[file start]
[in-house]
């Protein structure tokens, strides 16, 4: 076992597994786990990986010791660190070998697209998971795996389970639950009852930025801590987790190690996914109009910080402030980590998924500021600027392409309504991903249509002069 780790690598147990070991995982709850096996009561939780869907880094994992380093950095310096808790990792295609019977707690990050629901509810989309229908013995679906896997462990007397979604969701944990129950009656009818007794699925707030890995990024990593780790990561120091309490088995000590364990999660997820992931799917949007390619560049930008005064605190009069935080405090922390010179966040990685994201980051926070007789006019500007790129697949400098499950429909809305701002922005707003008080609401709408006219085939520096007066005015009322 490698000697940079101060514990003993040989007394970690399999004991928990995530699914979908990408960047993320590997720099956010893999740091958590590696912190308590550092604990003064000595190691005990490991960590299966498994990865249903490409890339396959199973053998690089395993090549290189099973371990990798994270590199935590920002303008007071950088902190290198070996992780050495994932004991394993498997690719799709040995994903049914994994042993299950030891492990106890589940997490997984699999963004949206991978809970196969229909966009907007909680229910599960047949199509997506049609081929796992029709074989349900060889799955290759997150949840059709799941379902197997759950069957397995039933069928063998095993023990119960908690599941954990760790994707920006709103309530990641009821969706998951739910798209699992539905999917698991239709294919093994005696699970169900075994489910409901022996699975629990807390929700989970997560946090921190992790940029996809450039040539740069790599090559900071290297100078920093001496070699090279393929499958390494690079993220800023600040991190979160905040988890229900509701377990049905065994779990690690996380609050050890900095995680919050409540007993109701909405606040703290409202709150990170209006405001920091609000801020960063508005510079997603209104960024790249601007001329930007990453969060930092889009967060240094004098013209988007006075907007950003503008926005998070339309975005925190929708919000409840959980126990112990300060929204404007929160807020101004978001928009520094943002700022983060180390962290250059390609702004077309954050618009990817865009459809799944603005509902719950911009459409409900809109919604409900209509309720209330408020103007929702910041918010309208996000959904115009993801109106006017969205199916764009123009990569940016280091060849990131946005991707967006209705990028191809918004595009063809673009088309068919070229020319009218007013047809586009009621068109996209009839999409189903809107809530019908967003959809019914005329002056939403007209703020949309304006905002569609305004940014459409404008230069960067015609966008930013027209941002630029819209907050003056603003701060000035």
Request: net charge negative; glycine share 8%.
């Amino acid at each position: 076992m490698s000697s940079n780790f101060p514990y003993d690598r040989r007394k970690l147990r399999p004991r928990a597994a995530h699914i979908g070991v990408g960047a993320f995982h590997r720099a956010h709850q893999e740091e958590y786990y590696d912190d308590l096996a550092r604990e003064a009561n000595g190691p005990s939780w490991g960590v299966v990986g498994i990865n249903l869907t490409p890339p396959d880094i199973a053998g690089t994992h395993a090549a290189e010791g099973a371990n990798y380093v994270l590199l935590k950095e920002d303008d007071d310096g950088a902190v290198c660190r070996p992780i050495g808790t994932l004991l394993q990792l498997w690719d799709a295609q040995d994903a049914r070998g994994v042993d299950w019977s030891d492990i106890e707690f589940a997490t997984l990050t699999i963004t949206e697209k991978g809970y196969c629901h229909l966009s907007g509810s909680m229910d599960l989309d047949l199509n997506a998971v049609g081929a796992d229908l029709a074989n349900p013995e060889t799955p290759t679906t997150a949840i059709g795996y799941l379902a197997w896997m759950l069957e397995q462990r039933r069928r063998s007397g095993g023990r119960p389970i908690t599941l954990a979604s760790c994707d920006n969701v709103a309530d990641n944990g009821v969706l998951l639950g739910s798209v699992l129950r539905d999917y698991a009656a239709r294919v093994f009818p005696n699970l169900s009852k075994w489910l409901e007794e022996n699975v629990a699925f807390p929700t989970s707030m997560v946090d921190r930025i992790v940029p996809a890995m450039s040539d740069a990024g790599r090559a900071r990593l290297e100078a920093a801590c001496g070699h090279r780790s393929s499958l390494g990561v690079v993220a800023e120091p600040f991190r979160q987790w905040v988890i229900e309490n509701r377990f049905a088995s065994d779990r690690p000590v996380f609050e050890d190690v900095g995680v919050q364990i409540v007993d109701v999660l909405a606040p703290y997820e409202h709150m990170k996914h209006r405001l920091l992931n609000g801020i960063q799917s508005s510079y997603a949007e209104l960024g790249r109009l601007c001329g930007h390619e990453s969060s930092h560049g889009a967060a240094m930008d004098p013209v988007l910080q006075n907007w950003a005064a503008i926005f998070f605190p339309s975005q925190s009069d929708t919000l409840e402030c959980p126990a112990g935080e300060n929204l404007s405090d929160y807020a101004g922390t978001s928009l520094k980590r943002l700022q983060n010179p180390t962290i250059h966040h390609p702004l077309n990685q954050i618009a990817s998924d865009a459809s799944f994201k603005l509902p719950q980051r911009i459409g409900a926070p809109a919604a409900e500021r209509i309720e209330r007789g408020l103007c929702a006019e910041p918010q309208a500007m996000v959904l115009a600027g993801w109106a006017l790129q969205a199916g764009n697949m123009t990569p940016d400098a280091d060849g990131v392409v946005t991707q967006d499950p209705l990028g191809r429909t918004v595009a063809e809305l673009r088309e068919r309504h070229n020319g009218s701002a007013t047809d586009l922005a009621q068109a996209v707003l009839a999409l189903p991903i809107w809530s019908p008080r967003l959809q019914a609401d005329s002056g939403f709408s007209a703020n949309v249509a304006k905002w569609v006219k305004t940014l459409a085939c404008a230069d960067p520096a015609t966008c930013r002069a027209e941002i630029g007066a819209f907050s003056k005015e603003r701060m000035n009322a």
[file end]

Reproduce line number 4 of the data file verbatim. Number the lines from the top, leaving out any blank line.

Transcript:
């Amino acid at each position: 076992m490698s000697s940079n780790f101060p514990y003993d690598r040989r007394k970690l147990r399999p004991r928990a597994a995530h699914i979908g070991v990408g960047a993320f995982h590997r720099a956010h709850q893999e740091e958590y786990y590696d912190d308590l096996a550092r604990e003064a009561n000595g190691p005990s939780w490991g960590v299966v990986g498994i990865n249903l869907t490409p890339p396959d880094i199973a053998g690089t994992h395993a090549a290189e010791g099973a371990n990798y380093v994270l590199l935590k950095e920002d303008d007071d310096g950088a902190v290198c660190r070996p992780i050495g808790t994932l004991l394993q990792l498997w690719d799709a295609q040995d994903a049914r070998g994994v042993d299950w019977s030891d492990i106890e707690f589940a997490t997984l990050t699999i963004t949206e697209k991978g809970y196969c629901h229909l966009s907007g509810s909680m229910d599960l989309d047949l199509n997506a998971v049609g081929a796992d229908l029709a074989n349900p013995e060889t799955p290759t679906t997150a949840i059709g795996y799941l379902a197997w896997m759950l069957e397995q462990r039933r069928r063998s007397g095993g023990r119960p389970i908690t599941l954990a979604s760790c994707d920006n969701v709103a309530d990641n944990g009821v969706l998951l639950g739910s798209v699992l129950r539905d999917y698991a009656a239709r294919v093994f009818p005696n699970l169900s009852k075994w489910l409901e007794e022996n699975v629990a699925f807390p929700t989970s707030m997560v946090d921190r930025i992790v940029p996809a890995m450039s040539d740069a990024g790599r090559a900071r990593l290297e100078a920093a801590c001496g070699h090279r780790s393929s499958l390494g990561v690079v993220a800023e120091p600040f991190r979160q987790w905040v988890i229900e309490n509701r377990f049905a088995s065994d779990r690690p000590v996380f609050e050890d190690v900095g995680v919050q364990i409540v007993d109701v999660l909405a606040p703290y997820e409202h709150m990170k996914h209006r405001l920091l992931n609000g801020i960063q799917s508005s510079y997603a949007e209104l960024g790249r109009l601007c001329g930007h390619e990453s969060s930092h560049g889009a967060a240094m930008d004098p013209v988007l910080q006075n907007w950003a005064a503008i926005f998070f605190p339309s975005q925190s009069d929708t919000l409840e402030c959980p126990a112990g935080e300060n929204l404007s405090d929160y807020a101004g922390t978001s928009l520094k980590r943002l700022q983060n010179p180390t962290i250059h966040h390609p702004l077309n990685q954050i618009a990817s998924d865009a459809s799944f994201k603005l509902p719950q980051r911009i459409g409900a926070p809109a919604a409900e500021r209509i309720e209330r007789g408020l103007c929702a006019e910041p918010q309208a500007m996000v959904l115009a600027g993801w109106a006017l790129q969205a199916g764009n697949m123009t990569p940016d400098a280091d060849g990131v392409v946005t991707q967006d499950p209705l990028g191809r429909t918004v595009a063809e809305l673009r088309e068919r309504h070229n020319g009218s701002a007013t047809d586009l922005a009621q068109a996209v707003l009839a999409l189903p991903i809107w809530s019908p008080r967003l959809q019914a609401d005329s002056g939403f709408s007209a703020n949309v249509a304006k905002w569609v006219k305004t940014l459409a085939c404008a230069d960067p520096a015609t966008c930013r002069a027209e941002i630029g007066a819209f907050s003056k005015e603003r701060m000035n009322a």